French right torn apart as Macron, new PM prepare to name government

France's newly appointed Prime Minister Edouard Philippe (centre) shakes hands with officials during his first official visit at the Police Prefecture of Paris on May 15, 2017.
France's newly appointed Prime Minister Edouard Philippe (centre) shakes hands with officials during his first official visit at the Police Prefecture of Paris on May 15, 2017.PHOTO: AFP

PARIS (REUTERS) - The head of France's main conservative party disowned his colleague Edouard Philippe on Tuesday (May 16) for taking up the job of prime minister under centrist President Emmanuel Macron.

Speaking as the new president prepared to name the rest of his government later in the day, Mr Francois Baroin, leader of The Republicans (LR) party, which is being torn apart by Mr Macron's divide and conquer tactics, said on BFM TV Mr Philippe had "made a choice which is not ours".

Mr Macron appointed Mr Philippe, a lawmaker from the moderate wing of The Republicans party, on Monday (May 15) to head his first government in a move aimed at broadening his political appeal and weakening opponents before parliamentary elections in June.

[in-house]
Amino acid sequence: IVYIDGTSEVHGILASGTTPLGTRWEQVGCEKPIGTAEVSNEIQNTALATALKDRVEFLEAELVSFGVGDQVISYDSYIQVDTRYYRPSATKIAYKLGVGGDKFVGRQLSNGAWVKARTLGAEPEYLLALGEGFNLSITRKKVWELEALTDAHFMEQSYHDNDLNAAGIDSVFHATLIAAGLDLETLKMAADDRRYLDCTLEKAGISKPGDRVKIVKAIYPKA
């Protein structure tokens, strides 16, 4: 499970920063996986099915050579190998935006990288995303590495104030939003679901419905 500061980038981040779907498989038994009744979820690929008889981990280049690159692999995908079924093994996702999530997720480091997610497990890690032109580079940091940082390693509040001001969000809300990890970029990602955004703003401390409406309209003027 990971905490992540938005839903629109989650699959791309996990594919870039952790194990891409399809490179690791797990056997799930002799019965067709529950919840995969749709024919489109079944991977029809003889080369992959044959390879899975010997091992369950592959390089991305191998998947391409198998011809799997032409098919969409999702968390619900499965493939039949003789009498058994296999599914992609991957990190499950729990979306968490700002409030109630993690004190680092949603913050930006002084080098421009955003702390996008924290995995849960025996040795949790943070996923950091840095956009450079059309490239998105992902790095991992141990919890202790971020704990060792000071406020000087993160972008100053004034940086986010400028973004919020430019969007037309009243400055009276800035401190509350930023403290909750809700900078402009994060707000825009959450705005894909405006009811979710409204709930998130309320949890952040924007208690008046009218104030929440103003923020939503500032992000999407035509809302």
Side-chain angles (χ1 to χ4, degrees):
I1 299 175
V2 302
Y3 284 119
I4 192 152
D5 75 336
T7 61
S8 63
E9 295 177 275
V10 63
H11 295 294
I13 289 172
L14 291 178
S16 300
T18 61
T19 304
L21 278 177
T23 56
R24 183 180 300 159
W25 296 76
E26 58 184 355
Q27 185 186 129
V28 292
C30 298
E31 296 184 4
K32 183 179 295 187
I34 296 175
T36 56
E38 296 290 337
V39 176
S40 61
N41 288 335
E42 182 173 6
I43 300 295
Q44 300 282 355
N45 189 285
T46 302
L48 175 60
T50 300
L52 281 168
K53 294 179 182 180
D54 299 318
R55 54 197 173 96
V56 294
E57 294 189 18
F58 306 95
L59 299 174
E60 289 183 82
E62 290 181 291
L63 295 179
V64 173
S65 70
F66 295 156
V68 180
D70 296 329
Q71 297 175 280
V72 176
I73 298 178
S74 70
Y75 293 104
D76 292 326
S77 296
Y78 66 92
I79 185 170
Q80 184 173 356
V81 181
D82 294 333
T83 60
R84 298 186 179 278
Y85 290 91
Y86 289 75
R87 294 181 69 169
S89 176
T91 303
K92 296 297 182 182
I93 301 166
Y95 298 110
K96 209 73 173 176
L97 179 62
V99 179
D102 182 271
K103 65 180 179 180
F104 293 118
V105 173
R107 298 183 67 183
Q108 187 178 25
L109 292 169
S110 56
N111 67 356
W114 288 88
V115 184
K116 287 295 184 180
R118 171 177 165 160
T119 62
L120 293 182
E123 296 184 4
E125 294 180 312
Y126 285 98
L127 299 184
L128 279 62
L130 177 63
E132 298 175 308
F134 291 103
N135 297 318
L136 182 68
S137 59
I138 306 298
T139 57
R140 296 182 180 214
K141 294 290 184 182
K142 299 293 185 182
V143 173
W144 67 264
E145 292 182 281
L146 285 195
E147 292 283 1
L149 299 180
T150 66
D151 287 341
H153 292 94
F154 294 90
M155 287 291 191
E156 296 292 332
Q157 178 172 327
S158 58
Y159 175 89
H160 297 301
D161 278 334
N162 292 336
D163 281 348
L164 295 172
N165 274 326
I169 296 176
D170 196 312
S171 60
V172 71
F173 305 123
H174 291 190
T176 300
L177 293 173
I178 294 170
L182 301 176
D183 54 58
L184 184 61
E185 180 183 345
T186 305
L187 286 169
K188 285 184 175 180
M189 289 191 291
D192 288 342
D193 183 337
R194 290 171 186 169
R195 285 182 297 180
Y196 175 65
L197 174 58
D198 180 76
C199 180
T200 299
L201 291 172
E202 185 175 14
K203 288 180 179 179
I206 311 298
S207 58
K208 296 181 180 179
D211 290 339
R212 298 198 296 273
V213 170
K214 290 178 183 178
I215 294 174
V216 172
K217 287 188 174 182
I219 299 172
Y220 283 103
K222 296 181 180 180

Several Socialist members of Parliament have also joined Mr Macron's cause and 21 LR members of Parliament, including some party heavyweights and former ministers, issued a joint statement on Monday urging the party to positively respond to the "hand extended by the president".

"It will be up to him to struggle with this element of schizophrenia," Mr Baroin added.

Mr Macron is looking to the June elections to give him and his own start-up Republic on the Move (REM) party the majority in Parliament needed to push through his plans to cut state spending, boost investment and create jobs, after years of economic malaise.

The nomination is a direct challenge to The Republicans, who say they aim to be the biggest party in the Lower House of Parliament but are lagging behind REM in the first opinion polls ahead of that ballot.

Mr Baroin reacted sharply to a suggestion that Mr Macron, a 39-year-old ex-banker who served briefly as economy minister in a Socialist government, was reshaping politics.

"What Emmanuel Macron is proposing is dynamiting not political reshaping," he said, adding that the LR did not want to confront him but were prepared for political discussion with him.